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December 10, 2004

Serving As A Federal Juror - Part II

Alan Imhoff

Now that we the jury had heard the case, we were literally locked in the jury room with a federal marshal outside the door and began our deliberations.

What we had to unravel in this civil case were the original suit by the plaintiff, a former Ukrainian woman and a countersuit by the defendants, another former Russian woman and her Maryland corporation that in essence was a "match-making" service.

There were originally eight counts in the plaintiff's suit of which three were resolved or dropped leaving us with five counts to keep track of during testimony. There were also two counts in the countersuit that were heard simultaneously. As I mentioned in Part One, I took over 40 pages of notes. With seven different counts and a parade of witnesses, keeping who said what and when became a tedious task, but it made it clear - and easy - for every juror to unravel the claims and counterclaims made during testimony.

As a jury, during our breaks and lunch hour, we begin to introduce ourselves to one another and as the Christmas shopping season was approaching we developed a code that whenever it appeared some comment made might be related to the case. We would just say, well it is "time to do some Christmas shopping."

To summarize all the factors in the case, we heard from 16 witnesses over the four and a half days of testimony, had over 30 documents entered as exhibits and found that there is a segment of our society that is a different world when it comes to wanting to get married.

The match-making firm charged its male clientele a hefty one-time fee of $1,850 to match them with a young, educated Russian or Ukrainian woman. Many of these male clients were from northern Virginia and were fairly well established financially and professionally. The women on the other hand did not have to pay anything to be available.

The case revolved around the 90-day marriage visa for a foreign national to come to the United States and marry the individual sponsoring the visa or if it didn't work out to return to their native country. A key element of the case centered on the federal requirement to notify these individuals of the Battered Spouse Waiver.

The plaintiff in this case was introduced to a high-ranking employee of the U.S. State Department in the Ukraine, received her visa and came to America with the intent to marry him. Unfortunately two weeks after arriving, he decided he could not marry her. That same day he introduced her to the defendant who in turn, just happened to have one of her clients available to meet her that very same day.

This second man evidently proposed to her at some point and - just a few days short of the visa expiration date - married her. What took place next was a matter that was heard in a criminal case in Virginia. But, for our case, we were told the woman had to seek medical care at a hospital emergency room and then spent seven months in a shelter.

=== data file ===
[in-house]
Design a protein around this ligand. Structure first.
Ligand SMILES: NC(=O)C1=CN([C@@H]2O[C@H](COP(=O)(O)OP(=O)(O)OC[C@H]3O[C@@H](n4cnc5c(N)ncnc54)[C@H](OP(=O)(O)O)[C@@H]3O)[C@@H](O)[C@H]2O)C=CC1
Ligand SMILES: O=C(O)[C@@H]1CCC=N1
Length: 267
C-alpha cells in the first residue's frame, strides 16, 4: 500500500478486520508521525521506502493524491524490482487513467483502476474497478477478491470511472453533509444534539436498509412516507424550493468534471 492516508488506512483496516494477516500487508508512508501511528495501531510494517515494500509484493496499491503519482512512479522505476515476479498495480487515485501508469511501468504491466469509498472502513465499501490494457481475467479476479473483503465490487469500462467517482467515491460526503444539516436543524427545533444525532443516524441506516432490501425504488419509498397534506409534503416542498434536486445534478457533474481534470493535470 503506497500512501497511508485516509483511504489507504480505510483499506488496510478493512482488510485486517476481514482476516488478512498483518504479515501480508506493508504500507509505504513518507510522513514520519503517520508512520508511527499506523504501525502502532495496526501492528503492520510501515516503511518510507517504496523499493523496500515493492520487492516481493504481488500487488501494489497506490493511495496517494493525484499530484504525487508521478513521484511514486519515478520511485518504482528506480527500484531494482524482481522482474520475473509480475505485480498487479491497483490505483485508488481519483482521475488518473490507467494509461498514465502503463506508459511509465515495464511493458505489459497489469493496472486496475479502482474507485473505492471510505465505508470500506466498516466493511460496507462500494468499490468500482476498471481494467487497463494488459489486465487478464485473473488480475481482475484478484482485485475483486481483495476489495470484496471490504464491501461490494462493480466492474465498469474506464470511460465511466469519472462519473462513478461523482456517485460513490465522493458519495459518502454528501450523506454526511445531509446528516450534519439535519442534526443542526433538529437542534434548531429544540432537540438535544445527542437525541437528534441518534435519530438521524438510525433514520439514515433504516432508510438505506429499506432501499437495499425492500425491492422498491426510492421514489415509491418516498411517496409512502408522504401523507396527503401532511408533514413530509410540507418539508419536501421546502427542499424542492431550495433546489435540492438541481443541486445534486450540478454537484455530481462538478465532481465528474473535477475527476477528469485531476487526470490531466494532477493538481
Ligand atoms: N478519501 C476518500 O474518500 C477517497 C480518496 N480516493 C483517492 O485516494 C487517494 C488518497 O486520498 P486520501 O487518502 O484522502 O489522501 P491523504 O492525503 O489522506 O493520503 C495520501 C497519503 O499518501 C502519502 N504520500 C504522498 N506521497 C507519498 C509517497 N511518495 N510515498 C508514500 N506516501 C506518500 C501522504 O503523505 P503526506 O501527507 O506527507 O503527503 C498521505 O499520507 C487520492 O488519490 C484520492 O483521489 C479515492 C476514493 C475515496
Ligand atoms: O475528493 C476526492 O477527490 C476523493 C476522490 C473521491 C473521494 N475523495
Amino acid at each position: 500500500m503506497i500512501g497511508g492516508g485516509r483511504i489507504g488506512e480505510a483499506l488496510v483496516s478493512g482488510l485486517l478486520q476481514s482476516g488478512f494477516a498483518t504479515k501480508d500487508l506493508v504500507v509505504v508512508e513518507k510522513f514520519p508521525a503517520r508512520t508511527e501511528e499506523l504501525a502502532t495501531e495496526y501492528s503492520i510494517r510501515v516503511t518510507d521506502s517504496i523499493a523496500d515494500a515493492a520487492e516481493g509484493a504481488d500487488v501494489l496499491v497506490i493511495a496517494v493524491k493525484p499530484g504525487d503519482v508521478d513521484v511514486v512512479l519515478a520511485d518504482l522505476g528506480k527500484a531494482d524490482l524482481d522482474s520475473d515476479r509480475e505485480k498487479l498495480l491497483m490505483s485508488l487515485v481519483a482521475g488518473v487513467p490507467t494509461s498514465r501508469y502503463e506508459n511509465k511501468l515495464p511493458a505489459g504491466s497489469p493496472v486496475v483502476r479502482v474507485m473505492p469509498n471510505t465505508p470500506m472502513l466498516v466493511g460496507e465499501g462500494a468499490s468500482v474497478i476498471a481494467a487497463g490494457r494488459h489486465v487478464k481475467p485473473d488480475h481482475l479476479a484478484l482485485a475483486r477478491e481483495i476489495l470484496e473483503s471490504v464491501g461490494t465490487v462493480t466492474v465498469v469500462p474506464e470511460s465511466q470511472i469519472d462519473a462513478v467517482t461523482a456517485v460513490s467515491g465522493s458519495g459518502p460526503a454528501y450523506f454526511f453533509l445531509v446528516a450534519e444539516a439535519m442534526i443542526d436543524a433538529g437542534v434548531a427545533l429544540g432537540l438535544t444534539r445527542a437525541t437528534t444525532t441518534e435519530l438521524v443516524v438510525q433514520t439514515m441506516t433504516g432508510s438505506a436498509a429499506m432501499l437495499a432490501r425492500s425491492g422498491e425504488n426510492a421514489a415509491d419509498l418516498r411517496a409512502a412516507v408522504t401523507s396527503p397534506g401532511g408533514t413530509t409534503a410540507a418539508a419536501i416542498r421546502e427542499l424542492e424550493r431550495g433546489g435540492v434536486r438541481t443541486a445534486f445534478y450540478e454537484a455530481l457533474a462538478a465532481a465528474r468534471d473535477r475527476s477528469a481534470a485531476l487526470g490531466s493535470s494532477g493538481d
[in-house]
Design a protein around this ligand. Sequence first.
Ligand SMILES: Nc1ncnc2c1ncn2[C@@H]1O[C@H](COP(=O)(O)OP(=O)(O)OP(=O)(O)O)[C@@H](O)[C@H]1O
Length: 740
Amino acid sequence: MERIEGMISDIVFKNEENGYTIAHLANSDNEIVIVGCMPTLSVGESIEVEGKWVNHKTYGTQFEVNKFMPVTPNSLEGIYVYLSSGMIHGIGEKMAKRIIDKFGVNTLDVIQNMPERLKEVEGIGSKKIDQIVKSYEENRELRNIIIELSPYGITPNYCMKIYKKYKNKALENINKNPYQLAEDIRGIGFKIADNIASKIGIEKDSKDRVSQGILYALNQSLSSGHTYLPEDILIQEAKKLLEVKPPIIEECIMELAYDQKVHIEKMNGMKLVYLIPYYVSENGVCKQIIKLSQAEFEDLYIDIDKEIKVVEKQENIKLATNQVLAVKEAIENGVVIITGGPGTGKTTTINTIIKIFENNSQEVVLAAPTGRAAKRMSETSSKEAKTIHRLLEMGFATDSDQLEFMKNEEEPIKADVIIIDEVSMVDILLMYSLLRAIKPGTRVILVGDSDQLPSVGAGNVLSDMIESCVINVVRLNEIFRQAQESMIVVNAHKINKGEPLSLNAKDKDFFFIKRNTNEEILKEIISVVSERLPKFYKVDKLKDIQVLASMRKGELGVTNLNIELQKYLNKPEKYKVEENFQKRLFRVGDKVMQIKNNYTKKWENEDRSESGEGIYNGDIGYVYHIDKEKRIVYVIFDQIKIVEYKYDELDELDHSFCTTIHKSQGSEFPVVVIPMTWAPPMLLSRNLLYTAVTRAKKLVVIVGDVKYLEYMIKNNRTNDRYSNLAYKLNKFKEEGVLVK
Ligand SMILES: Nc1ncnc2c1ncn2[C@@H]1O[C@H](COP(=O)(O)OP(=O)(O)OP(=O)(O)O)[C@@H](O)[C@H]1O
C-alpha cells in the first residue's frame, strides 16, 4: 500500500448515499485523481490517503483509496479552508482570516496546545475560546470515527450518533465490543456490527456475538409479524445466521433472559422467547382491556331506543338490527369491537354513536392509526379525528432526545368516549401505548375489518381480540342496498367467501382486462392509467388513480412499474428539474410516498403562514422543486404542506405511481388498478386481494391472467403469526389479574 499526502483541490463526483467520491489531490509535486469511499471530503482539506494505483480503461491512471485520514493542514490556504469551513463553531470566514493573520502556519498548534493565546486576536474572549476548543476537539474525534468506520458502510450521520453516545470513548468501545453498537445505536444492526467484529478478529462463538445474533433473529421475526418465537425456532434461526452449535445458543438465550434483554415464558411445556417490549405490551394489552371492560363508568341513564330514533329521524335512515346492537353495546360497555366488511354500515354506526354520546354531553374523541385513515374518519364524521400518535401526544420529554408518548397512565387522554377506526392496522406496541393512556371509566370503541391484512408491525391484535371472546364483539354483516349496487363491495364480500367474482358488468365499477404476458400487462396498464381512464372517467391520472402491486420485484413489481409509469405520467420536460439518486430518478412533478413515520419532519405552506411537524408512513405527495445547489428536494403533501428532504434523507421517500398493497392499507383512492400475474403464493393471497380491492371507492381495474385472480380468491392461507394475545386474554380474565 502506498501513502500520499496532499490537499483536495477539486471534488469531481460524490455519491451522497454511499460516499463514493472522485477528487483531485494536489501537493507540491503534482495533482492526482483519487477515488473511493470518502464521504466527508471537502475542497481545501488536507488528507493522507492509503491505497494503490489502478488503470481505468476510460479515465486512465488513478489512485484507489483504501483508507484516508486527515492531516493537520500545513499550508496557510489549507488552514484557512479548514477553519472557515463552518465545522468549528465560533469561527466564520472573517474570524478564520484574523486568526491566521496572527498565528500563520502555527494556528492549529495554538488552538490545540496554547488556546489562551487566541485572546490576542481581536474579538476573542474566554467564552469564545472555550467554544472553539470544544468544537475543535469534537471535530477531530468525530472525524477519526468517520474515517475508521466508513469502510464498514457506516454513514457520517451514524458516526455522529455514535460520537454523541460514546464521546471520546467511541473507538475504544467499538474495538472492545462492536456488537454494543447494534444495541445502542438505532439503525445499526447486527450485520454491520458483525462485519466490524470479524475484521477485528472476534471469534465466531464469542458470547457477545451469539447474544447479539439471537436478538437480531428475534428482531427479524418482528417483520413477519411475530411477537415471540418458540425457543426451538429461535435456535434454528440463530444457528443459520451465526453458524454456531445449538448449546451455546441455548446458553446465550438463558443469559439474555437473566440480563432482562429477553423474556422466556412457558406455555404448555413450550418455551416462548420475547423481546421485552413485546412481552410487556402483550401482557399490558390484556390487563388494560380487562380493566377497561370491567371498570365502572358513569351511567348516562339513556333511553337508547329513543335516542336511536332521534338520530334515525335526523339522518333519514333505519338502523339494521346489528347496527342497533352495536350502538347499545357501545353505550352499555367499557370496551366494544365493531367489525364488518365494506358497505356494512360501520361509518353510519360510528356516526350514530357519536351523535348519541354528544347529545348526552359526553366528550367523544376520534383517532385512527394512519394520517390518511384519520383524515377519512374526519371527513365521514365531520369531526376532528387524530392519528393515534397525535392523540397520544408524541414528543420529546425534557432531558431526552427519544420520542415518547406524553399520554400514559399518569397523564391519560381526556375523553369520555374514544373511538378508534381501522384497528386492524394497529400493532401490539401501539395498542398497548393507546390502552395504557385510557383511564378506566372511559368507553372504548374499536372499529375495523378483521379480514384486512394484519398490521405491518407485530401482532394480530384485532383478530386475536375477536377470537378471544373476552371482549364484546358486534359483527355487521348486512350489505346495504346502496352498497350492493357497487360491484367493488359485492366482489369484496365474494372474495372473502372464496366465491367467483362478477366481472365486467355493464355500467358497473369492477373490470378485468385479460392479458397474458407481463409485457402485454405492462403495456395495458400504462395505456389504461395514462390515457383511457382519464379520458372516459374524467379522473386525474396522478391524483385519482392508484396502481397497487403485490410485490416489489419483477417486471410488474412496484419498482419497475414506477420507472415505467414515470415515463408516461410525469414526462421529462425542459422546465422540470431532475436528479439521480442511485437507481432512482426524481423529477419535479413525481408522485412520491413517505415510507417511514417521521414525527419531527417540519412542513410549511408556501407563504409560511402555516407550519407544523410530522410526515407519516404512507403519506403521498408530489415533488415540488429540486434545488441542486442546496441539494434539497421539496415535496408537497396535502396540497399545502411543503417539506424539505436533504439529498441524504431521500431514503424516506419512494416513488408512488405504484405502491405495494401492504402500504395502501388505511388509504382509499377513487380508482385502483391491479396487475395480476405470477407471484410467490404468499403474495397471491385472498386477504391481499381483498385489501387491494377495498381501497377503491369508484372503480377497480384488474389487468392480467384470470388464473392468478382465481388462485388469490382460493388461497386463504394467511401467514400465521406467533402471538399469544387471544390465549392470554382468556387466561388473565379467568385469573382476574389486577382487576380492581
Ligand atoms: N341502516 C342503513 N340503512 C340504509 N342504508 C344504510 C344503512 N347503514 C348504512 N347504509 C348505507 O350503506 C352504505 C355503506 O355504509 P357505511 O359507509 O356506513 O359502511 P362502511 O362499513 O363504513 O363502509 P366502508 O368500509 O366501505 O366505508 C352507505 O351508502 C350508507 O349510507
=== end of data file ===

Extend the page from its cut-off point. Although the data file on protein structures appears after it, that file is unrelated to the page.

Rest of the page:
What became evident during the testimony were several patterns of behavior both by men seeking Russian/Ukrainian wives and by the women willing to use this as a vehicle for marriage. We heard from former wives; we heard from several of the men; and we heard about how the process worked and didn't work.

References were made to the State Department, the Department of Homeland Security, official correspondence from the Turkish government as well as the Ukrainian government, doctor and police testimony, even the personal sex lives of several witnesses associated with this process.

Just when you thought things could not get more tangled in the web, they did.

So here we are in the jury room trying to make sense out of all of this. The very first thing we did was just "free associate" and choose our foreman. After about two hours, we decided we didn't want to go beyond 5:30 P.M. and would like to start fresh in the morning.

The next day we began to take each count on its own merit and make our finding for the plaintiff or the defendant. After that, we decided to take the easier of the counts and determine the compensatory award, then the punitive award working our way through the seven counts.

After it was all done we reviewed each count and award and polled each member to verify our unanimous verdict. We found for the plaintiff on all counts and when both compensatory and punitive damages were totaled, over $400,000 had been awarded. The biggest was $250,000 in punitive damages against the corporation for negligence in failing to advise the plaintiff of the Battered Spouse Waiver.

We delivered our verdict, were thanked by the court for our service and left the courthouse.

We heard later that this may be a precedent setting case; we only hoped that it would send a message to businesses in this unique field that American values must prevail over what might be a different value in another county when individuals want to come here to live.

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